Illustrations Used in Atlantis: Evidence
Atlantis: Evidence is a short book written as an introduction to the topic, focusing on 3 items of scientific evidence, each from a different discipline, which separately, and together, support Plato’s story of Atlantis.
This article provides the illustrations used in that book for those who have versions that don’t include graphics, or only show those graphics in black and white.
The figures are provided in the sequence in which they appear in the book, along with their captions.
Figure 1.1—Bust of Plato, found in Achilleion, Corfu. Photo: Jean Housen (CC BY-SA 4.0).
Figure 3.1—The flower, Dryas octopetala, after which the Younger Dryas period was named. Photo: Steinsplitter (CC BY-SA 3.0).
Figure 3.2—An early, 19th century map of Lake Agassiz, now believed to underestimate the lake’s extent. Notice Hudson Bay in the Northeast and the Great Lakes to the Southeast.
Figure 4.1—Canary Islands. La Palma is the triangular-shaped island in the upper left of the archipelago. Satellite photo: NASA (PD).
Figure 4.2—Mega-tsunami from hypothetical collapse of Cumbre Vieja, 6 hours after initial event. From Ward and Day, 2001, © American Geophysical Union.. Use does not imply endorsement.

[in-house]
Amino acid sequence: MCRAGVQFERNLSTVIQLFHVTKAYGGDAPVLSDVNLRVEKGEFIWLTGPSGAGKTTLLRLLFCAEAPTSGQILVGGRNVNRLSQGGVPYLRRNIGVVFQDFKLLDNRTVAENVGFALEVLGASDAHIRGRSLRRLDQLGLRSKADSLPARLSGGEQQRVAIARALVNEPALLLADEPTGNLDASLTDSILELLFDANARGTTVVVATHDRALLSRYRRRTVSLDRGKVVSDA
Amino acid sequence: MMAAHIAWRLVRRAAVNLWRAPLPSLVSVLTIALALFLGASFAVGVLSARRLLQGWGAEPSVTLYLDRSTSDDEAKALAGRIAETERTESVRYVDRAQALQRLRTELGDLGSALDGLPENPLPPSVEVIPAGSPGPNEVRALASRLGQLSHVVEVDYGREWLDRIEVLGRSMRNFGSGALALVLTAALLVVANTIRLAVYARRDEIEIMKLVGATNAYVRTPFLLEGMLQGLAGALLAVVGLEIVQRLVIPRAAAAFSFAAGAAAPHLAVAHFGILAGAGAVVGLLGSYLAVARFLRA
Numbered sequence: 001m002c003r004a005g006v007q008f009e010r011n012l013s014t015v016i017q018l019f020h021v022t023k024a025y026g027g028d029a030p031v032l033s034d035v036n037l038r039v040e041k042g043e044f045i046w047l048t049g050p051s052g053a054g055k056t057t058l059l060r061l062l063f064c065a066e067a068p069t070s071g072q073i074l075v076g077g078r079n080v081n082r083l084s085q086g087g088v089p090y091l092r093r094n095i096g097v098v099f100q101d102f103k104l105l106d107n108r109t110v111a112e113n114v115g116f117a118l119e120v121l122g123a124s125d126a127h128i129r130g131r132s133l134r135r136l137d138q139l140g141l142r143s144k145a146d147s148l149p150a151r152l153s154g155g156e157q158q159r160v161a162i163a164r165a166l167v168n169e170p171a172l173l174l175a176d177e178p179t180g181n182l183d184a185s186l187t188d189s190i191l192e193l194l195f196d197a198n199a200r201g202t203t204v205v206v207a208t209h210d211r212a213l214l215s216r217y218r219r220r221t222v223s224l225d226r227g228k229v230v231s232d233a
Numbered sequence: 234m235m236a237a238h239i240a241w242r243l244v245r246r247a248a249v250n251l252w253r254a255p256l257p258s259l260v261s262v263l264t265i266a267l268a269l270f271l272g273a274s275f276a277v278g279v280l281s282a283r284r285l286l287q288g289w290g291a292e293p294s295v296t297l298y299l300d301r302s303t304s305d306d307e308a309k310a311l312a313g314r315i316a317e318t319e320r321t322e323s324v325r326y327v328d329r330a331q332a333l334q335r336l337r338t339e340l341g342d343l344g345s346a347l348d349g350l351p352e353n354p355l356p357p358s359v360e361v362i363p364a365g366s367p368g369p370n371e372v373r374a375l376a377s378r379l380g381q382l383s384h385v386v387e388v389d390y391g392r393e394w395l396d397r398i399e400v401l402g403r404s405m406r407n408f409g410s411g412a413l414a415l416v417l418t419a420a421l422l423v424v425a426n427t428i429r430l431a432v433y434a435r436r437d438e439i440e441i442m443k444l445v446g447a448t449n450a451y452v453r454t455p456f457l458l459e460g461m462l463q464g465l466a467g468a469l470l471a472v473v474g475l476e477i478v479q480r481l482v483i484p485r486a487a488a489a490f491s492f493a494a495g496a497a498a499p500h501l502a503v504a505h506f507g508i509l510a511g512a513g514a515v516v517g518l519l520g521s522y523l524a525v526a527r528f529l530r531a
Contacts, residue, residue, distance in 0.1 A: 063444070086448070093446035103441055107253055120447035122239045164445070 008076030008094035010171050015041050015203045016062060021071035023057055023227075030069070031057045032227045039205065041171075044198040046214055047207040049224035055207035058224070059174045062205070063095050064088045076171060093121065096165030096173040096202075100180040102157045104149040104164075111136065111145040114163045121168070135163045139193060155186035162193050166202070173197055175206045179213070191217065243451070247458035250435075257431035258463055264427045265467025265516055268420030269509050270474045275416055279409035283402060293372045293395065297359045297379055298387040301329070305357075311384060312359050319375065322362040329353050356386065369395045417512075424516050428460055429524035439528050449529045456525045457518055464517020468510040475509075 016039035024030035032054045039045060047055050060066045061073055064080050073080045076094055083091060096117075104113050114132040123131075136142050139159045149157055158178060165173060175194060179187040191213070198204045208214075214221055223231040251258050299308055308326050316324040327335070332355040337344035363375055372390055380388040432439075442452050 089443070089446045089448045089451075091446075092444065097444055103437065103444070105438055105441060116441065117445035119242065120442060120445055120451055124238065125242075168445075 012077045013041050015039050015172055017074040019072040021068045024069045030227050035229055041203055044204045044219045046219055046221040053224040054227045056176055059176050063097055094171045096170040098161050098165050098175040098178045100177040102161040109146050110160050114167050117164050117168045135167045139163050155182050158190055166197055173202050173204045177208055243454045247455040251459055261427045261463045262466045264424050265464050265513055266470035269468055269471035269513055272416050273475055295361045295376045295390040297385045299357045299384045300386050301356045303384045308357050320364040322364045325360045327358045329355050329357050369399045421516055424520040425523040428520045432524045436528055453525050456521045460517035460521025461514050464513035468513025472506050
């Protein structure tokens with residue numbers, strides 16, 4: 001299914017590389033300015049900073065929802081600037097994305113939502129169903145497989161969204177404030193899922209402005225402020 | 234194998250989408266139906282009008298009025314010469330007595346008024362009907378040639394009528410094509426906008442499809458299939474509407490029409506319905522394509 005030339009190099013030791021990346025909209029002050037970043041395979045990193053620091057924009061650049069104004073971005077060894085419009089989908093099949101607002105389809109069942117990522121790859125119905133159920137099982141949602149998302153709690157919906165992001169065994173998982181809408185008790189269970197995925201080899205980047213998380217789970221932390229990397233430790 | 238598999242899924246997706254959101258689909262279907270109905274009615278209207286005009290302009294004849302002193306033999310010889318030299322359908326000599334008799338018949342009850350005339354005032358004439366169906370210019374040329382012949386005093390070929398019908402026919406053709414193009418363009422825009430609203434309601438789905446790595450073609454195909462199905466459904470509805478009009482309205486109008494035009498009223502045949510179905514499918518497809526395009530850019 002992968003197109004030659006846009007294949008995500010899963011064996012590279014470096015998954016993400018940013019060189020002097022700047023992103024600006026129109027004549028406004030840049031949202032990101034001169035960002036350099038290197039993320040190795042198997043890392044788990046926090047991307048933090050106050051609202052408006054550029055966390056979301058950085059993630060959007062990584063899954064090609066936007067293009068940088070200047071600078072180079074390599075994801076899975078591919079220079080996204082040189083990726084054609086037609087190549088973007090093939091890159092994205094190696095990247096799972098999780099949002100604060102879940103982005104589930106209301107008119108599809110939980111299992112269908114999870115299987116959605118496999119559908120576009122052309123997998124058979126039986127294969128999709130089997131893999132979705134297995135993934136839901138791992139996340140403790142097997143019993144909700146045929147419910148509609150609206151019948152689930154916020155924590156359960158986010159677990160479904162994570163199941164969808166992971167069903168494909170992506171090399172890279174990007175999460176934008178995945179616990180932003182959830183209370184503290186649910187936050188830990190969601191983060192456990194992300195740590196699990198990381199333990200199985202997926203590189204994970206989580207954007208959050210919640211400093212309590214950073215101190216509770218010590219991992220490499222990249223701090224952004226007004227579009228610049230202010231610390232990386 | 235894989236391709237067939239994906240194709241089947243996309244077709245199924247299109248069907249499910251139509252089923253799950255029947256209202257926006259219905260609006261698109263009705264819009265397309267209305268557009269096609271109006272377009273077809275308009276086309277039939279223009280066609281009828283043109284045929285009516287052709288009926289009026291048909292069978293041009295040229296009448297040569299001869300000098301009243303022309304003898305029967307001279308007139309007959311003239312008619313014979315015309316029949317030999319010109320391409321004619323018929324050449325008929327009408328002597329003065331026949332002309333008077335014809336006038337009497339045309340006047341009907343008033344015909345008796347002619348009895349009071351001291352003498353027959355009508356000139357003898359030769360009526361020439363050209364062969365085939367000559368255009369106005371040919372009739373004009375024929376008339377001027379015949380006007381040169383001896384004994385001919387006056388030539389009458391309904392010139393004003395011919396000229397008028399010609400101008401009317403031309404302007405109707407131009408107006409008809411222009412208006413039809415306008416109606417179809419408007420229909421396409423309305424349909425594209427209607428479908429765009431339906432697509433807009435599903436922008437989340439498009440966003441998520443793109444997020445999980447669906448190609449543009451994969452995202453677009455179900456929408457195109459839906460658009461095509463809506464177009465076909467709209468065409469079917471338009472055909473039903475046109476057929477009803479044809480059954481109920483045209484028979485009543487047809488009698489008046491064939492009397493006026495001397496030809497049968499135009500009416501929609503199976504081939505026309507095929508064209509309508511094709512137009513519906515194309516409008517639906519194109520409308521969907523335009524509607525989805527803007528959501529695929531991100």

Figure 5.1—Part of the data from the GISP2 Greenland ice core. This shows both total sulfate and volcanic sulfate proxy data, indicating the relative size of the volcanic eruption.
Figure 6.1—Pico Island, Azores, Portugal as seen from Faial Island. The Mt. Pico volcano rises above the clouds and above the North Atlantic Ocean. Photo: Horst Evertz (CC BY-SA 3.0)
Figure 7.1—Painting, 1620, of Archimedes, showing the Greek scientist at work: Domenico-Fetti (PD).
Figure 7.2—Graph from R. Fairbanks (1989). It shows Barbados sea level curve based on radiocarbon-dated A. palmata (filled circles) compared with A. palmata age-depth data (open circles) for four other Caribbean island locations. The slow-down in sea level rise is apparent during the Younger Dryas. The dates shown for the start and end of the YD were less precisely known then. Current estimates place these events at about 10,900 and 9600 BC. Copyright Nature magazine. Use does not imply endorsement.
Figure 7.3—The void left by the tectonic collapse of Atlantis required that all the Oceans of the world rush in to fill that void.
Figure 7.4—Estimate of the extent of Ancient Libya and Asia Minor—the size of Atlantis. Map (modified) courtesy CIA.gov (PD).
Figure 7.5—Sizes of oceans and major seas.